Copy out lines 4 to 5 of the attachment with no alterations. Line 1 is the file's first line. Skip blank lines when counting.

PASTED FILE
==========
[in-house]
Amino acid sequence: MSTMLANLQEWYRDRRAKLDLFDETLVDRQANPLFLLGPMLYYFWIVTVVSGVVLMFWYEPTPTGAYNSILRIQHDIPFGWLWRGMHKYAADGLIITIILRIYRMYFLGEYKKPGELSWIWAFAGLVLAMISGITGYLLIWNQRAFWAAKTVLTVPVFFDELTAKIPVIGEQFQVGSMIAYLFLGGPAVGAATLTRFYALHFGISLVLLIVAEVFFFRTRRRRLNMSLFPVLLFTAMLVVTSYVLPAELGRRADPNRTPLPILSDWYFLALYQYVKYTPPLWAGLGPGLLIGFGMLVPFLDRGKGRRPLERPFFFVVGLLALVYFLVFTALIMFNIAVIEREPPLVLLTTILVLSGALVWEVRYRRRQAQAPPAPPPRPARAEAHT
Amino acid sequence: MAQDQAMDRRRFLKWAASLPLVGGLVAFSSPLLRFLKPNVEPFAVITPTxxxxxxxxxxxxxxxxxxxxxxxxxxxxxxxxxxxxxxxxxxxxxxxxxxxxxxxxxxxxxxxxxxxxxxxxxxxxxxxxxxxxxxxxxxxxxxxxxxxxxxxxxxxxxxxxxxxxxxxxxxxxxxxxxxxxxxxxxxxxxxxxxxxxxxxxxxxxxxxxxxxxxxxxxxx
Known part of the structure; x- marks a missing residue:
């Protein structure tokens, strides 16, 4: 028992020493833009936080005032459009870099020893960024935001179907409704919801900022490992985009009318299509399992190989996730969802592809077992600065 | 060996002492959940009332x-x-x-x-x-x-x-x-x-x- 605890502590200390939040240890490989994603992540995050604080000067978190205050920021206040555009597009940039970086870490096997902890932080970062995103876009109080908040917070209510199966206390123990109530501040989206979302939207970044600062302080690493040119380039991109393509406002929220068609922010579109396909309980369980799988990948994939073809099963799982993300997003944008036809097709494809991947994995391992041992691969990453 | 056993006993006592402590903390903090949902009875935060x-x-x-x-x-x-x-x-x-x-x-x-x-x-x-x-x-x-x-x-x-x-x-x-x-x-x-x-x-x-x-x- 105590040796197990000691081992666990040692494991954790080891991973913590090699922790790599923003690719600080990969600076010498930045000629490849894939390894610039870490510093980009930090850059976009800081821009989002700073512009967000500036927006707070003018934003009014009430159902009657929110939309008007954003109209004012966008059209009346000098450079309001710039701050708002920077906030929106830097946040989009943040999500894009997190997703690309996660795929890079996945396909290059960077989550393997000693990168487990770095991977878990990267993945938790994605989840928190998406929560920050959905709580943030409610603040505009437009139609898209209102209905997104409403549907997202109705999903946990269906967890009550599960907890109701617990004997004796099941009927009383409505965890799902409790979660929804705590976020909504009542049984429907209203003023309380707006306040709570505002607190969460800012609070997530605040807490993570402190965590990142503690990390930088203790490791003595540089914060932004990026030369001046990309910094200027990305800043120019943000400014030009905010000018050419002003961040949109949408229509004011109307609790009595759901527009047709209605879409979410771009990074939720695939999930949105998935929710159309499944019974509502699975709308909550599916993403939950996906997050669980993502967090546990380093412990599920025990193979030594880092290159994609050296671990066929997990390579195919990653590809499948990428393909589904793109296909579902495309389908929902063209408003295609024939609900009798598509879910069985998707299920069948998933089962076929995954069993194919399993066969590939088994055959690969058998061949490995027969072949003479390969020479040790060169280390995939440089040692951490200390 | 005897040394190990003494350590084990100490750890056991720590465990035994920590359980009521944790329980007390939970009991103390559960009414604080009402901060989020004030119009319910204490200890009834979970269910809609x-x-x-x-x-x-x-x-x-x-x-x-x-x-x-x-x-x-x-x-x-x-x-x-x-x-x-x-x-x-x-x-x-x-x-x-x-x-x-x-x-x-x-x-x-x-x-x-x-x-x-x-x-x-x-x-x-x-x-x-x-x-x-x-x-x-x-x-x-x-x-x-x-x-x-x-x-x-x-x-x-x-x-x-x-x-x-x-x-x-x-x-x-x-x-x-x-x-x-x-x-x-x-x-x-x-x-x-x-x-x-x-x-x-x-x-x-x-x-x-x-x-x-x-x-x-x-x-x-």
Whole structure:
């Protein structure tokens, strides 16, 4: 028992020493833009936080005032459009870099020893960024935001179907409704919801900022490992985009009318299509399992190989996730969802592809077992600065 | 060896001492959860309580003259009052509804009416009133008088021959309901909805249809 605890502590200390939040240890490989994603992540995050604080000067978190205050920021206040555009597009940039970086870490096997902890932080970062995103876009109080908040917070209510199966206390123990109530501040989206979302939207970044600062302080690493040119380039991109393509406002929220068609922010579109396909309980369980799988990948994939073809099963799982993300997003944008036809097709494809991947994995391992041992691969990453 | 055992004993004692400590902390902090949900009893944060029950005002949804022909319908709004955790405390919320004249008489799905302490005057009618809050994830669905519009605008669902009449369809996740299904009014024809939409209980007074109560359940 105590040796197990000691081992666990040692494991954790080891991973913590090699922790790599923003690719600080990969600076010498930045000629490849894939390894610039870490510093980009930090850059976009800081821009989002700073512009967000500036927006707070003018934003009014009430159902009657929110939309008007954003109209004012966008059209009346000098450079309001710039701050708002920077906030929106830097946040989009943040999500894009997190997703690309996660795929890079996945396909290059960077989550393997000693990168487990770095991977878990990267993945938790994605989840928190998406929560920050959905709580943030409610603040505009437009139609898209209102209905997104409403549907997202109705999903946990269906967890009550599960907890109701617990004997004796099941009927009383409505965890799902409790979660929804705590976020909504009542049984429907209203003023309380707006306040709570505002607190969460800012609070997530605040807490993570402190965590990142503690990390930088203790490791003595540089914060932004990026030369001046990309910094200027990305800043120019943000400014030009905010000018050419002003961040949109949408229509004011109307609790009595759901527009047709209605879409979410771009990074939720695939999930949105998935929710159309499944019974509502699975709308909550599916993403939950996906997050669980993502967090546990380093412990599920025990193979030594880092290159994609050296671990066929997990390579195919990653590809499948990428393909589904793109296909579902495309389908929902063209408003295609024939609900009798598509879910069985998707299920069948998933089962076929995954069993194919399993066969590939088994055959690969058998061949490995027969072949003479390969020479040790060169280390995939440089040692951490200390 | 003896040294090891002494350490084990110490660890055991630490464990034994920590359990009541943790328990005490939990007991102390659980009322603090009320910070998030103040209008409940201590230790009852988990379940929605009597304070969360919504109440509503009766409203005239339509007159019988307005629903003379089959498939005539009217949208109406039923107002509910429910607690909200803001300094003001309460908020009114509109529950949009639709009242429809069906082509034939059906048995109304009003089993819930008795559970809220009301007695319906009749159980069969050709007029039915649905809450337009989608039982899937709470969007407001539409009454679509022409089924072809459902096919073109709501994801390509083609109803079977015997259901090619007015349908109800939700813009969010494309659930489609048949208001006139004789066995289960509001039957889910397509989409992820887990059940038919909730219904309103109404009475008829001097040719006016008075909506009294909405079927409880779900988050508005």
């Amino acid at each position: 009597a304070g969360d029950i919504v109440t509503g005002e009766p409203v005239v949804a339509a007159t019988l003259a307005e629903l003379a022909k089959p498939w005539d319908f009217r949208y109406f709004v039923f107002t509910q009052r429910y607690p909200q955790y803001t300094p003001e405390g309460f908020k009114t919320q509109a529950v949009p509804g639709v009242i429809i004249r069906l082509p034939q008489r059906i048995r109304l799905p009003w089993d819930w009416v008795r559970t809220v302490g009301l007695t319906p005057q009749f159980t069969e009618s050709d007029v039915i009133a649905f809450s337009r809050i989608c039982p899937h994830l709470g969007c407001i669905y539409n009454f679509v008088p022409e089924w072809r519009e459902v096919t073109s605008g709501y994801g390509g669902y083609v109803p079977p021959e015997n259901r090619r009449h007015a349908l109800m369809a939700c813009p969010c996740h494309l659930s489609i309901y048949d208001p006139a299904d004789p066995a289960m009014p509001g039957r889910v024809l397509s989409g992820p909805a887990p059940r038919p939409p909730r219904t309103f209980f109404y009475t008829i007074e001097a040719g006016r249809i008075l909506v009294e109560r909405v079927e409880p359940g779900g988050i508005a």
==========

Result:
Known part of the structure; x- marks a missing residue:
């Protein structure tokens, strides 16, 4: 028992020493833009936080005032459009870099020893960024935001179907409704919801900022490992985009009318299509399992190989996730969802592809077992600065 | 060996002492959940009332x-x-x-x-x-x-x-x-x-x- 605890502590200390939040240890490989994603992540995050604080000067978190205050920021206040555009597009940039970086870490096997902890932080970062995103876009109080908040917070209510199966206390123990109530501040989206979302939207970044600062302080690493040119380039991109393509406002929220068609922010579109396909309980369980799988990948994939073809099963799982993300997003944008036809097709494809991947994995391992041992691969990453 | 056993006993006592402590903390903090949902009875935060x-x-x-x-x-x-x-x-x-x-x-x-x-x-x-x-x-x-x-x-x-x-x-x-x-x-x-x-x-x-x-x- 105590040796197990000691081992666990040692494991954790080891991973913590090699922790790599923003690719600080990969600076010498930045000629490849894939390894610039870490510093980009930090850059976009800081821009989002700073512009967000500036927006707070003018934003009014009430159902009657929110939309008007954003109209004012966008059209009346000098450079309001710039701050708002920077906030929106830097946040989009943040999500894009997190997703690309996660795929890079996945396909290059960077989550393997000693990168487990770095991977878990990267993945938790994605989840928190998406929560920050959905709580943030409610603040505009437009139609898209209102209905997104409403549907997202109705999903946990269906967890009550599960907890109701617990004997004796099941009927009383409505965890799902409790979660929804705590976020909504009542049984429907209203003023309380707006306040709570505002607190969460800012609070997530605040807490993570402190965590990142503690990390930088203790490791003595540089914060932004990026030369001046990309910094200027990305800043120019943000400014030009905010000018050419002003961040949109949408229509004011109307609790009595759901527009047709209605879409979410771009990074939720695939999930949105998935929710159309499944019974509502699975709308909550599916993403939950996906997050669980993502967090546990380093412990599920025990193979030594880092290159994609050296671990066929997990390579195919990653590809499948990428393909589904793109296909579902495309389908929902063209408003295609024939609900009798598509879910069985998707299920069948998933089962076929995954069993194919399993066969590939088994055959690969058998061949490995027969072949003479390969020479040790060169280390995939440089040692951490200390 | 005897040394190990003494350590084990100490750890056991720590465990035994920590359980009521944790329980007390939970009991103390559960009414604080009402901060989020004030119009319910204490200890009834979970269910809609x-x-x-x-x-x-x-x-x-x-x-x-x-x-x-x-x-x-x-x-x-x-x-x-x-x-x-x-x-x-x-x-x-x-x-x-x-x-x-x-x-x-x-x-x-x-x-x-x-x-x-x-x-x-x-x-x-x-x-x-x-x-x-x-x-x-x-x-x-x-x-x-x-x-x-x-x-x-x-x-x-x-x-x-x-x-x-x-x-x-x-x-x-x-x-x-x-x-x-x-x-x-x-x-x-x-x-x-x-x-x-x-x-x-x-x-x-x-x-x-x-x-x-x-x-x-x-x-x-």